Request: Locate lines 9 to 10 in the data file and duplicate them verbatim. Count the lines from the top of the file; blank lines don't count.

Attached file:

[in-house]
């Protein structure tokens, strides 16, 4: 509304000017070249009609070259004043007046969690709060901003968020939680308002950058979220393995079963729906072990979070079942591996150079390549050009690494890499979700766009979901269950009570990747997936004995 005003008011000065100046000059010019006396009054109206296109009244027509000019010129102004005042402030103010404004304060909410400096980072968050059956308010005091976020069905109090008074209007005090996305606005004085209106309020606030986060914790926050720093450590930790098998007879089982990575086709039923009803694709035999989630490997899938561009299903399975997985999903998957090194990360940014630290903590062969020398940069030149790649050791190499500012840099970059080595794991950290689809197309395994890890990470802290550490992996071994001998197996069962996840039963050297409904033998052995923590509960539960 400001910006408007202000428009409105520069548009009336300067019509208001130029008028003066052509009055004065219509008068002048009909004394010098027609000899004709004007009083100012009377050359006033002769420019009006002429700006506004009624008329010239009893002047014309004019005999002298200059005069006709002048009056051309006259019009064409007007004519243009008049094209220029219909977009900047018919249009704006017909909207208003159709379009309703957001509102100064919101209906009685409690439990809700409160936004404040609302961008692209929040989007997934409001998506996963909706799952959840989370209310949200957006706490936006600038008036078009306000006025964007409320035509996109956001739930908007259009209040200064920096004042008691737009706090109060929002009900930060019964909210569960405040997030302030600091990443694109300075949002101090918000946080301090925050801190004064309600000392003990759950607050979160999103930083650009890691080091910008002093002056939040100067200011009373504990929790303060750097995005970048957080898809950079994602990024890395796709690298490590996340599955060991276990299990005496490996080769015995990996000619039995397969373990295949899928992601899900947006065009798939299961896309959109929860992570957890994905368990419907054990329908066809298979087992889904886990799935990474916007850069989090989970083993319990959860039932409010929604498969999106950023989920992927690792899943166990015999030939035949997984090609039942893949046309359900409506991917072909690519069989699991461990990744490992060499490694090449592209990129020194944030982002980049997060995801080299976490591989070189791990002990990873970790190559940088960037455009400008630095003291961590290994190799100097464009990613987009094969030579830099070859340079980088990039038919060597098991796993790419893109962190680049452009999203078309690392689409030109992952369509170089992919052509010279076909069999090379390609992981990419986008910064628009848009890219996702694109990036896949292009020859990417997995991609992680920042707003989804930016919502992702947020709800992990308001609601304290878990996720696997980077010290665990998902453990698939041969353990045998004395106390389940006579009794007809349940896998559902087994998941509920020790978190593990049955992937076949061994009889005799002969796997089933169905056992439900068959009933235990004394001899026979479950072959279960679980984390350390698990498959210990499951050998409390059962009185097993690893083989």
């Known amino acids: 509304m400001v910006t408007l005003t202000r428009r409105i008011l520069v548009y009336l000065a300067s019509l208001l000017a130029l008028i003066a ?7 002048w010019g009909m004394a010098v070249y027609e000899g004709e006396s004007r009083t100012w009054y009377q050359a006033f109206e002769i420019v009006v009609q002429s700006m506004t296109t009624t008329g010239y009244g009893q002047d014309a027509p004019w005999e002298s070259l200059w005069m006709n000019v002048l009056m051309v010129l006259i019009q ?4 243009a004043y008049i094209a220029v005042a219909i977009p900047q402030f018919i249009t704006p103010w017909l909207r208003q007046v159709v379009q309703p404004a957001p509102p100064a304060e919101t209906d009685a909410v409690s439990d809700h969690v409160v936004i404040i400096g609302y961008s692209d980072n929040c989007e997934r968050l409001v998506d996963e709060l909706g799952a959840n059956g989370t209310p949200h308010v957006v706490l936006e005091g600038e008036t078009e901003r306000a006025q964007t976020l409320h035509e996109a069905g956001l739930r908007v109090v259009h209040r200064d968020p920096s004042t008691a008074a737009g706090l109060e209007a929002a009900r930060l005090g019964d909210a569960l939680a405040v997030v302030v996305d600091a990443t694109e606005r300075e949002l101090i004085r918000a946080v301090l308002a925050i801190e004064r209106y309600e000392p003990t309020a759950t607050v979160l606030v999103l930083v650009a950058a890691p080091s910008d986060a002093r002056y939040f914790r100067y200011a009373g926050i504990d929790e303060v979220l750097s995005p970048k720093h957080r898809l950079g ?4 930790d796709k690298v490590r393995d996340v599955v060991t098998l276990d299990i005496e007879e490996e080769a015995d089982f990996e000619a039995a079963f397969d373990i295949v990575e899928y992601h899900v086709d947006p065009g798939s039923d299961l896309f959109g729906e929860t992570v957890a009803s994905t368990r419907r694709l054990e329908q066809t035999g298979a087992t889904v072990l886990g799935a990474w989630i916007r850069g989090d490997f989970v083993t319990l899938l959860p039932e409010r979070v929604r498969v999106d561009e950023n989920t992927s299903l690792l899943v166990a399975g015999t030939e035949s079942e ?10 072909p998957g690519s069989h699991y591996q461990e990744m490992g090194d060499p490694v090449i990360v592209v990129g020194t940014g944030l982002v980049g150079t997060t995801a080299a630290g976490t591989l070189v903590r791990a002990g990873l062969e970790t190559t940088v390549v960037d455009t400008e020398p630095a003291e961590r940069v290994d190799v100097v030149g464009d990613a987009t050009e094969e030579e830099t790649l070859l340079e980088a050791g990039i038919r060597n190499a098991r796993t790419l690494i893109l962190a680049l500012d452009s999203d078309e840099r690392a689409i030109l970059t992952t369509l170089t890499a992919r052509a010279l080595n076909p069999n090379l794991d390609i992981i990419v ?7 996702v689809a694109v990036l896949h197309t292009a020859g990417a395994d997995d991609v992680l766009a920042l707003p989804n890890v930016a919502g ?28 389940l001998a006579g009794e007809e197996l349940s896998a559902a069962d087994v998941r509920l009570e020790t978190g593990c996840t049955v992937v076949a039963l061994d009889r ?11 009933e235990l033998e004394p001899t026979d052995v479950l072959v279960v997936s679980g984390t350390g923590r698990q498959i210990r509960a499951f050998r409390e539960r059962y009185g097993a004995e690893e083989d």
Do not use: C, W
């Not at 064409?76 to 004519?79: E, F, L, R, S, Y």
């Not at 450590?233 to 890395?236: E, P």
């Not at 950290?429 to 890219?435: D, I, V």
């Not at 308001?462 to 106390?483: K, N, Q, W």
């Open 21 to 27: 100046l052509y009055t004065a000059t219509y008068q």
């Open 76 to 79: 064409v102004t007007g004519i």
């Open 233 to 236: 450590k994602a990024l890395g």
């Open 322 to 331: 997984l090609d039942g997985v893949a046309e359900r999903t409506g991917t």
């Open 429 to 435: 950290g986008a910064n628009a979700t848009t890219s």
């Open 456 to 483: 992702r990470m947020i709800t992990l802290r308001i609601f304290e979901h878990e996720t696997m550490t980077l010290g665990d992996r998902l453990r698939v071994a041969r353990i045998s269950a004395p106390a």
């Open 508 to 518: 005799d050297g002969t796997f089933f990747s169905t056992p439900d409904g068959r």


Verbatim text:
């Open 21 to 27: 100046l052509y009055t004065a000059t219509y008068q």
């Open 76 to 79: 064409v102004t007007g004519i």